BIS Relaxes Export Review Policy for Certain Satellites, Parts
The Bureau of Industry and Security is relaxing its licensing policy for certain satellite exports, a change that could have a “major” impact on satellite industry sales, Commerce Deputy Secretary Don Graves said. As part of the change, BIS will review export applications for satellites and satellite components intended to go to Missile Technology Control Regime countries on a case-by-case review policy instead of a presumption of denial, Graves said.
“That may seem like a subtle distinction,” Graves said during a satellite industry conference this week. “But for those of you who have been denied satellite exports to certain MTCR countries due to the choice of launch vehicle, this change of interpretation will have major business implications.”
The policy change could “open the door to potentially hundreds of millions of dollars in new exports of U.S. satellite and satellite components,” he said. A BIS spokesperson didn't respond to a question about when the new policy takes effect.
Graves said BIS’ previous policy was designed to limit U.S. support or “encouragement” of foreign space launch vehicles, which use the same technology as missile programs. “Implementing those policies has often led to restrictions being applied to commercial satellites and satellite components planned for launch on space launch vehicles we did not support or encourage,” he said.
The license review policy change recognizes “the growing space cooperation environment,” and allows BIS to review applications for exports to MTCR partners on a case-by-case basis “even if the launch vehicle is one that the United States does not encourage.”
The Satellite Industry Association was "pleased to hear" about the change, SIA President Tom Stroup said in a March 16 emailed statement. “SIA has a long history of working with both the State Department and the Department of Commerce to promote satellite export reform," Stroup said. "SIA and its members actively advocated for the industry while participating extensively in the process that developed and evolved the current rules.”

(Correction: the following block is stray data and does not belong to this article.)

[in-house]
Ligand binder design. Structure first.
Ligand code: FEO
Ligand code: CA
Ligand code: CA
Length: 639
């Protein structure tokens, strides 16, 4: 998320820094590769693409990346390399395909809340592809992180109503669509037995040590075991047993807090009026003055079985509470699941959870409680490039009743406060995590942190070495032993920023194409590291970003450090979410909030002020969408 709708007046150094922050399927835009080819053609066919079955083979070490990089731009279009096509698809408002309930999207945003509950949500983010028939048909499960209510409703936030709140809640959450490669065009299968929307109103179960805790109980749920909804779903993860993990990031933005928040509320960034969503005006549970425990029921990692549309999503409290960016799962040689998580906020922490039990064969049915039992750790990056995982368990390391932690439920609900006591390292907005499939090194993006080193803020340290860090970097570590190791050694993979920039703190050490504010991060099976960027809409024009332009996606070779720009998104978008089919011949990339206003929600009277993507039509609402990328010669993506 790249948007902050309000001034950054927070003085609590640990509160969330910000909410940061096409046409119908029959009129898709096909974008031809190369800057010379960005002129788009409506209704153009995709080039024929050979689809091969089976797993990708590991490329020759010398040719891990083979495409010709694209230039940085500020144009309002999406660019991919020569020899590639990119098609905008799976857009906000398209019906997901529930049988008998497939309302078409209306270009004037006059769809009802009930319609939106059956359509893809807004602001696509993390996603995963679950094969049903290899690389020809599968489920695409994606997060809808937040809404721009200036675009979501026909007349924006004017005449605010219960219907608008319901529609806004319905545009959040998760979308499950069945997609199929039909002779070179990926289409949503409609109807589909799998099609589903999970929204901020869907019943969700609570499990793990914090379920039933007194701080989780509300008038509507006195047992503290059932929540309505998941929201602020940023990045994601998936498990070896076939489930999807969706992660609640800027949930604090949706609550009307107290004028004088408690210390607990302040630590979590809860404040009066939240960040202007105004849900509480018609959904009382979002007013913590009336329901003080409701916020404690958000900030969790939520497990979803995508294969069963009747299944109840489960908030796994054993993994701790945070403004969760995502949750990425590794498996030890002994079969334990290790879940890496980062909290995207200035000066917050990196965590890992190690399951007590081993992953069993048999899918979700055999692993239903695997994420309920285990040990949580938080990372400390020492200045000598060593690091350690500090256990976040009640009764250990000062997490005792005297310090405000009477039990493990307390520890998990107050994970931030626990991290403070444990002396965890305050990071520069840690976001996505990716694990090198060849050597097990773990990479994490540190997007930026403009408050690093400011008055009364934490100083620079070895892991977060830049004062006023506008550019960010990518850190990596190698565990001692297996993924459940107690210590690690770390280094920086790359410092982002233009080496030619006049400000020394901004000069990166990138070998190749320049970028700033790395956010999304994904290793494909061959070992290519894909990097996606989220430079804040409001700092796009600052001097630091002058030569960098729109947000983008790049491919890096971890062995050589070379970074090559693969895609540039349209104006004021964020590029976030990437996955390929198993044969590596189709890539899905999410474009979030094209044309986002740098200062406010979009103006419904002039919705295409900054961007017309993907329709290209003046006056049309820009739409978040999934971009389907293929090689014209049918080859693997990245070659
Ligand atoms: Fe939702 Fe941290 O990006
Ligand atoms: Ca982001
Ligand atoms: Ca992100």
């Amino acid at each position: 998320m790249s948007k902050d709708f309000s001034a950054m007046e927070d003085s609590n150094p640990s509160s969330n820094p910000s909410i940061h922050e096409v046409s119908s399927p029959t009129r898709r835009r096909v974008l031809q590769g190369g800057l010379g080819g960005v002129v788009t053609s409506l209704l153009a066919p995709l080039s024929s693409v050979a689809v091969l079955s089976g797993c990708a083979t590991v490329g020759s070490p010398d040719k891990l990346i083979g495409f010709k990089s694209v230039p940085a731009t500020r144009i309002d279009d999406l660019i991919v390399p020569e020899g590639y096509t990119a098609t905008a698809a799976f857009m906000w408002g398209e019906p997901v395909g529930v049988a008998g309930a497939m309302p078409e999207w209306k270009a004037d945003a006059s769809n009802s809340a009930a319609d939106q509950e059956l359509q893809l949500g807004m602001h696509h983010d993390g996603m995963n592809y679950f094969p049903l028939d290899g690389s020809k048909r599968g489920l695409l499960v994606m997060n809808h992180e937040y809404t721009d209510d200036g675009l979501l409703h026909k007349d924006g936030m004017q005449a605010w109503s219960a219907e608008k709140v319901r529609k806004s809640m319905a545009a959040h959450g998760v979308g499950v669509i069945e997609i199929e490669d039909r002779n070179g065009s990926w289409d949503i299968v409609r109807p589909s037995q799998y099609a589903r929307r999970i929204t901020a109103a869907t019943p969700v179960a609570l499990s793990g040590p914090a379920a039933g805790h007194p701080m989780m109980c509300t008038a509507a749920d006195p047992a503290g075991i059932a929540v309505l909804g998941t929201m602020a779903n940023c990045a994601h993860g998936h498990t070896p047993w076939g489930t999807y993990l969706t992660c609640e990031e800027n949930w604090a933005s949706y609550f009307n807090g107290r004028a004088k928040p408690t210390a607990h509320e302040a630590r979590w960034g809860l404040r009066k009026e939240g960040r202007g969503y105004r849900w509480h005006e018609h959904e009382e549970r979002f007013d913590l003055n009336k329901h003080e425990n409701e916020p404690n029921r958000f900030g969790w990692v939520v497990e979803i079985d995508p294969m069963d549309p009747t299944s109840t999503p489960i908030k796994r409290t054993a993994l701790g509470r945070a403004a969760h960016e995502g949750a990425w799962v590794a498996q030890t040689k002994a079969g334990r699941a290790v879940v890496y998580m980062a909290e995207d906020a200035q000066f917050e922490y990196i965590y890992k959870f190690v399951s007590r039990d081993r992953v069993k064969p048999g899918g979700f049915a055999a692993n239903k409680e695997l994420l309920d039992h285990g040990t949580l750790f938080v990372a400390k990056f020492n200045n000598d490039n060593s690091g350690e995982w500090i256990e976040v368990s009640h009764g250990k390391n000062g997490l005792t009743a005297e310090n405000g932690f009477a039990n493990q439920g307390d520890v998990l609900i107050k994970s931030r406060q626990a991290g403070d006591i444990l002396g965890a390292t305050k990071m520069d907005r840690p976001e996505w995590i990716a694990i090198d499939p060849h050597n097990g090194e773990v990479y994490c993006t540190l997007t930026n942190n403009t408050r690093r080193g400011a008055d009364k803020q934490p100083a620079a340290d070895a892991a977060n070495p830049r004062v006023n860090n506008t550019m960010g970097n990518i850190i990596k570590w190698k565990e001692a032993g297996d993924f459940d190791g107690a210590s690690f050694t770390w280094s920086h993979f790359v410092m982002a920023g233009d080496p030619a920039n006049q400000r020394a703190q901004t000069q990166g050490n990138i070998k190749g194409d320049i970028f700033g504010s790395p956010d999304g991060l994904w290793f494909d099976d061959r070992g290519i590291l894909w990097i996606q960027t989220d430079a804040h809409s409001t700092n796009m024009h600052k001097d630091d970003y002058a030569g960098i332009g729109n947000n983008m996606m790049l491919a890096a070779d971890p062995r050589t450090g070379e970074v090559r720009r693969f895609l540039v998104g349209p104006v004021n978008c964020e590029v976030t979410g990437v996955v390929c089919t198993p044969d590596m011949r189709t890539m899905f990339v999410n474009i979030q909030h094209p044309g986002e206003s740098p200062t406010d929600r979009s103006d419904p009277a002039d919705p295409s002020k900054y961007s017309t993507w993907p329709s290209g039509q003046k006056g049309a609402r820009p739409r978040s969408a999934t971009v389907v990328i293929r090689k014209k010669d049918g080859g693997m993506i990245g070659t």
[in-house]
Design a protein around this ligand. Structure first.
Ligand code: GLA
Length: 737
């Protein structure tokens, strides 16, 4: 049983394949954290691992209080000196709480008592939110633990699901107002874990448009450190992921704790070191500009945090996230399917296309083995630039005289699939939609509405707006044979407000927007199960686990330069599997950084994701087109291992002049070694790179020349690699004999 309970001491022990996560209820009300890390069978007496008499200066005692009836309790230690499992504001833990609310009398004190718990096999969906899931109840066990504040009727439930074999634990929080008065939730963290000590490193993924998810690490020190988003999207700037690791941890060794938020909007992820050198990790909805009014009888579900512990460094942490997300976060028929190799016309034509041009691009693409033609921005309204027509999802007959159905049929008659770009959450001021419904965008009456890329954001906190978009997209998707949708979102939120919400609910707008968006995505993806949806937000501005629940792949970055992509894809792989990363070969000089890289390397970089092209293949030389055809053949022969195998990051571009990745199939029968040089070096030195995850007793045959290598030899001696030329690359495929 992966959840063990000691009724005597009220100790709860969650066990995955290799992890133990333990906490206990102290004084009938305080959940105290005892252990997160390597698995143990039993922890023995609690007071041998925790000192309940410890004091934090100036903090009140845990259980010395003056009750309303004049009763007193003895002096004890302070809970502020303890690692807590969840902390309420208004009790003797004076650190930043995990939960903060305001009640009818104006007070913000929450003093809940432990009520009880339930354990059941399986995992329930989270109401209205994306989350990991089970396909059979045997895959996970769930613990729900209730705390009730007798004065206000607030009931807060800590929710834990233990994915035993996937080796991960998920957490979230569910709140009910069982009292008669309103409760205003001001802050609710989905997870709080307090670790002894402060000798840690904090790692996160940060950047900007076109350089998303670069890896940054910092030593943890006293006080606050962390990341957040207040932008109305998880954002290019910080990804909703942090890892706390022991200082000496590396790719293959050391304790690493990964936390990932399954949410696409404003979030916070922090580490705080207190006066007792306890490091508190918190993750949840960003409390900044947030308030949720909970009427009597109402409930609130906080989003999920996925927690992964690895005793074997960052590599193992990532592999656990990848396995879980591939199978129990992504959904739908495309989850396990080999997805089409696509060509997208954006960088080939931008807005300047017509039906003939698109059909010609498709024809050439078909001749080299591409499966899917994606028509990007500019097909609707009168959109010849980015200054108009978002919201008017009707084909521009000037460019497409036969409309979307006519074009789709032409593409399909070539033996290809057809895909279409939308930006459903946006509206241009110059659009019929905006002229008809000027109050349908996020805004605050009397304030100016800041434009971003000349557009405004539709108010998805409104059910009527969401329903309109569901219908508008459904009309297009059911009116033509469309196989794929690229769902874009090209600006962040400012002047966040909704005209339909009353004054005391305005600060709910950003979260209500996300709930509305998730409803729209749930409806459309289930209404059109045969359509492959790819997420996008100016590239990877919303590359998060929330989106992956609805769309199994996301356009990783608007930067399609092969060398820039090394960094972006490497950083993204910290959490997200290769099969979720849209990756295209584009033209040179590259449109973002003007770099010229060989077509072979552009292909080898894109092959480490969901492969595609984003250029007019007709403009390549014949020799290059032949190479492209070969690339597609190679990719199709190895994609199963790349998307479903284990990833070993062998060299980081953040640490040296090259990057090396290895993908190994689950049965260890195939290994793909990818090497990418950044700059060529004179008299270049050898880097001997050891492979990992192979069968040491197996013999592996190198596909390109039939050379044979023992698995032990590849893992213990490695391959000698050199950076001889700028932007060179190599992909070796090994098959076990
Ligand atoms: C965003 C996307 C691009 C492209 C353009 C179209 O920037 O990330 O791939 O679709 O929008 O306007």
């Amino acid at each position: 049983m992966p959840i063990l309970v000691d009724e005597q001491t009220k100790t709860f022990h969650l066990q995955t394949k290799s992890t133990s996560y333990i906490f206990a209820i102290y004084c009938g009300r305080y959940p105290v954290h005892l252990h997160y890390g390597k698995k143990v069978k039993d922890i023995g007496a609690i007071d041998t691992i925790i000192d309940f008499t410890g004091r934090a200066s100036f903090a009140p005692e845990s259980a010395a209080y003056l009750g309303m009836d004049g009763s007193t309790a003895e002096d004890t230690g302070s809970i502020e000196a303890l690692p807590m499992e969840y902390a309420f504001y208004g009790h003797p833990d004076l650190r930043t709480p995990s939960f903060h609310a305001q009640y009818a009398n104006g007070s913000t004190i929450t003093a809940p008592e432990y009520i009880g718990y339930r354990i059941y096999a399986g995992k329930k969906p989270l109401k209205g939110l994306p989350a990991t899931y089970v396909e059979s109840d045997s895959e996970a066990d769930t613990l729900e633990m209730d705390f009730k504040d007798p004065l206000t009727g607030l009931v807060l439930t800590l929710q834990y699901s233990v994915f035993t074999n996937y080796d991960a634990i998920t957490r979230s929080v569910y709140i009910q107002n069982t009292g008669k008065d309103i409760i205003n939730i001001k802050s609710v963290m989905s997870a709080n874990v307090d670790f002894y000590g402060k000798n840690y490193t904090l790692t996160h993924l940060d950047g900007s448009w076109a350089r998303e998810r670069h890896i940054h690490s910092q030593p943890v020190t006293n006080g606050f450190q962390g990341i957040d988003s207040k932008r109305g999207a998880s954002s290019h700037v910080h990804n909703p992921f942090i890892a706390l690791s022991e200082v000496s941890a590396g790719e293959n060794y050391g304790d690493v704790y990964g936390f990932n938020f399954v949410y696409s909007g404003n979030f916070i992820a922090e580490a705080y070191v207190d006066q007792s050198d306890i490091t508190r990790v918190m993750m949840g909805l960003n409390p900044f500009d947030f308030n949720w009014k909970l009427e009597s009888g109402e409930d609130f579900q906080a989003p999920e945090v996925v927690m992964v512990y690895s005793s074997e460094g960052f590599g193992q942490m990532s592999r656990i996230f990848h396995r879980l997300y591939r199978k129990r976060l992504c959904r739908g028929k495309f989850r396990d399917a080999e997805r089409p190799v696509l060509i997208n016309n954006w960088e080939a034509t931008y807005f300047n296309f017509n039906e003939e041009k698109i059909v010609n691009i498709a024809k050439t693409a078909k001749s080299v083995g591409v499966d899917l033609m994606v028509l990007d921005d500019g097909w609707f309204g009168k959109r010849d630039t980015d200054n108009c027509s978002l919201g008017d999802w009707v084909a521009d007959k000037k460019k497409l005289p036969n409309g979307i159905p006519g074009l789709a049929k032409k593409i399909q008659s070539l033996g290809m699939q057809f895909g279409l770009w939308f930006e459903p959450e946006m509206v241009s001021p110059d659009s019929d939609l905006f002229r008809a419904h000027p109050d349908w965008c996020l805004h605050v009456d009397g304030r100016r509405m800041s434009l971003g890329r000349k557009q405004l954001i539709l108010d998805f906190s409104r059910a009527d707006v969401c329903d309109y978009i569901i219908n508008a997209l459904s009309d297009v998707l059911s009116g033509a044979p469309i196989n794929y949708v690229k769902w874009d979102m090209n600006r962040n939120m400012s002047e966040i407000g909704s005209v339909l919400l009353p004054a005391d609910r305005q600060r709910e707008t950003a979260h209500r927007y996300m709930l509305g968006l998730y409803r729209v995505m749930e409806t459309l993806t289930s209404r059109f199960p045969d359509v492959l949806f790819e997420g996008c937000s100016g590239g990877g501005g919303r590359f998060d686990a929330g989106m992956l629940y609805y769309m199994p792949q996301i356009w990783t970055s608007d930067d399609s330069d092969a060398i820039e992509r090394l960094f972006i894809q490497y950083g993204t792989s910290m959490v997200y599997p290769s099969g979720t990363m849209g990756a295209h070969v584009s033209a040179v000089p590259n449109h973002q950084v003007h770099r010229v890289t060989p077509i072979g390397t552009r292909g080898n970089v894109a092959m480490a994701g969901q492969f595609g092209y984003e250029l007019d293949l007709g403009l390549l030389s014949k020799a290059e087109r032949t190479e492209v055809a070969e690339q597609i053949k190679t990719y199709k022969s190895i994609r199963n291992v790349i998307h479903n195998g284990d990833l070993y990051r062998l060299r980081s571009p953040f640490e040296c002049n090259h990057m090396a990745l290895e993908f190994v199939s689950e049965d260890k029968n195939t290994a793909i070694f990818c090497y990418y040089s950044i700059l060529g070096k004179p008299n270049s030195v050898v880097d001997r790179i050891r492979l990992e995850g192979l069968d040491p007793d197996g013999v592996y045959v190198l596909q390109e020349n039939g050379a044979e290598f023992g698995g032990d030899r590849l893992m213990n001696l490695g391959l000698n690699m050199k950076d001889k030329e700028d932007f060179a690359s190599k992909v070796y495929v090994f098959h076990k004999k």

BIS took similar action in 2021 to loosen certain license review policies surrounding unmanned drones. The agency set a case-by-case license review policy on certain unmanned aerial systems as opposed to a review policy of presumption of denial, a departure from the review policies of the MTCR, which controlled the drones under a “strong presumption of denial” (see 2101110046).
Graves also said Commerce is working to expand the “customer base for U.S. commercial space goods and services.” The International Trade Administration's Advocacy Center has “contributed to seven international space contract wins” worth about $406 million over the last year, he said, and is working on 29 more space industry cases that could be worth a combined $8.9 billion.
He also pointed to the U.S.-France Comprehensive Space Dialogue held in Paris in November, which is hoping to remove barriers between the two country’s commercial space industries. The U.S. is planning to press for similar efforts as part of the U.S.-Japan Comprehensive Space Dialogue, Graves said, and will take a group of American space companies to Tokyo next week to “hold similar discussions with our Japanese counterparts from government and industry.” He also said the U.S. is planning similar “commercial space engagements” with African countries later this year.
“What I hope you’ll take away from my remarks today is that the Department of Commerce is fully engaged with our commercial space industry,” Graves said. “We are pursuing new avenues for business, promoting innovation, and providing regulatory clarity, consistency and transparency that will allow the U.S. to remain the flag of choice in commercial space business.”